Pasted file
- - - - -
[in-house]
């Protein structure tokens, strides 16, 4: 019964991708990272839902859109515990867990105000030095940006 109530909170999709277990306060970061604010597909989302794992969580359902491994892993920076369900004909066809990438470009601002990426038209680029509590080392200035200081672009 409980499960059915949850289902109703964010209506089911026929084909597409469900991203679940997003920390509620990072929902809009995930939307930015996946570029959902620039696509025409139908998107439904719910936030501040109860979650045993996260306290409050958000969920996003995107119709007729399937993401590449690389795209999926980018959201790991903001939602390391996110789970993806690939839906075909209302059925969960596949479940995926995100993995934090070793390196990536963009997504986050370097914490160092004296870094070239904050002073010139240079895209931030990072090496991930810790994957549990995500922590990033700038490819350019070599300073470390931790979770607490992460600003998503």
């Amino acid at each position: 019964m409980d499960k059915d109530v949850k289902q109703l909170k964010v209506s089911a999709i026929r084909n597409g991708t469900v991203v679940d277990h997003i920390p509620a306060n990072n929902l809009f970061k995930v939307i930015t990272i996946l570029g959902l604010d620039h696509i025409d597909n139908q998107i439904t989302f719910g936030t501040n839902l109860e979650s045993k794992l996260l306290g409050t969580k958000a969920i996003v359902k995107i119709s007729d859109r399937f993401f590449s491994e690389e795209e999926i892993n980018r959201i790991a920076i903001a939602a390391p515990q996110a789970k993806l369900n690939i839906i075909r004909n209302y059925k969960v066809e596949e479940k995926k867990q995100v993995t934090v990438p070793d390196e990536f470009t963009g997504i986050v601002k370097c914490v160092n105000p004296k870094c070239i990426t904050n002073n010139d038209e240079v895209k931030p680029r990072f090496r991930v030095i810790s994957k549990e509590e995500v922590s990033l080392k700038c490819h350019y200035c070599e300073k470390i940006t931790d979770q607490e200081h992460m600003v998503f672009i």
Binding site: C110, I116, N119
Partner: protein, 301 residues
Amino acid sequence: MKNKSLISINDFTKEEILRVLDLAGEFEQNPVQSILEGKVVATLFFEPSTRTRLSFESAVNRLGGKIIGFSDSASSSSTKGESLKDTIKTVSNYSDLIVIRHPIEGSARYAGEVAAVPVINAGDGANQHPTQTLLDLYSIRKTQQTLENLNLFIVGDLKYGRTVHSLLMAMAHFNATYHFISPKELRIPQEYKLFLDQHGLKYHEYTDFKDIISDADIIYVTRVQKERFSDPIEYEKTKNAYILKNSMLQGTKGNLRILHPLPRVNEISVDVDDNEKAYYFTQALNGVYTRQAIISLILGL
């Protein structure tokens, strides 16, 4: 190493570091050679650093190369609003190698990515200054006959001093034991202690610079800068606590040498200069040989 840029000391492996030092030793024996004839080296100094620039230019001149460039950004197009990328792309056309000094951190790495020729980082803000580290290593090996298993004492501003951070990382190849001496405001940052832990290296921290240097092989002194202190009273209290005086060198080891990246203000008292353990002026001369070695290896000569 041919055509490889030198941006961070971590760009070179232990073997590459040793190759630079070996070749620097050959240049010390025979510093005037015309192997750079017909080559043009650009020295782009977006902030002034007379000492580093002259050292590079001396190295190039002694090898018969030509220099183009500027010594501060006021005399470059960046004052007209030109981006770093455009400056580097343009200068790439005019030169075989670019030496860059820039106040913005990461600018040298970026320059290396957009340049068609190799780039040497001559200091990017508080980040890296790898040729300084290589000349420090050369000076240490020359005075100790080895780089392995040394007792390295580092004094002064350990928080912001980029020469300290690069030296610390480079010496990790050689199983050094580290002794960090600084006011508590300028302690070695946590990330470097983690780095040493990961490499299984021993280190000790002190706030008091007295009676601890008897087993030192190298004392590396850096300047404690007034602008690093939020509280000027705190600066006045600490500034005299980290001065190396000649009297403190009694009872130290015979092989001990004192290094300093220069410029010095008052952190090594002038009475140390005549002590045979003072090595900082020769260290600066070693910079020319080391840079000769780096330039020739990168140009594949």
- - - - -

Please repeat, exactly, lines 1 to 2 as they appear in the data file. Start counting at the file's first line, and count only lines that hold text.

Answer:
[in-house]
């Protein structure tokens, strides 16, 4: 019964991708990272839902859109515990867990105000030095940006 109530909170999709277990306060970061604010597909989302794992969580359902491994892993920076369900004909066809990438470009601002990426038209680029509590080392200035200081672009 409980499960059915949850289902109703964010209506089911026929084909597409469900991203679940997003920390509620990072929902809009995930939307930015996946570029959902620039696509025409139908998107439904719910936030501040109860979650045993996260306290409050958000969920996003995107119709007729399937993401590449690389795209999926980018959201790991903001939602390391996110789970993806690939839906075909209302059925969960596949479940995926995100993995934090070793390196990536963009997504986050370097914490160092004296870094070239904050002073010139240079895209931030990072090496991930810790994957549990995500922590990033700038490819350019070599300073470390931790979770607490992460600003998503």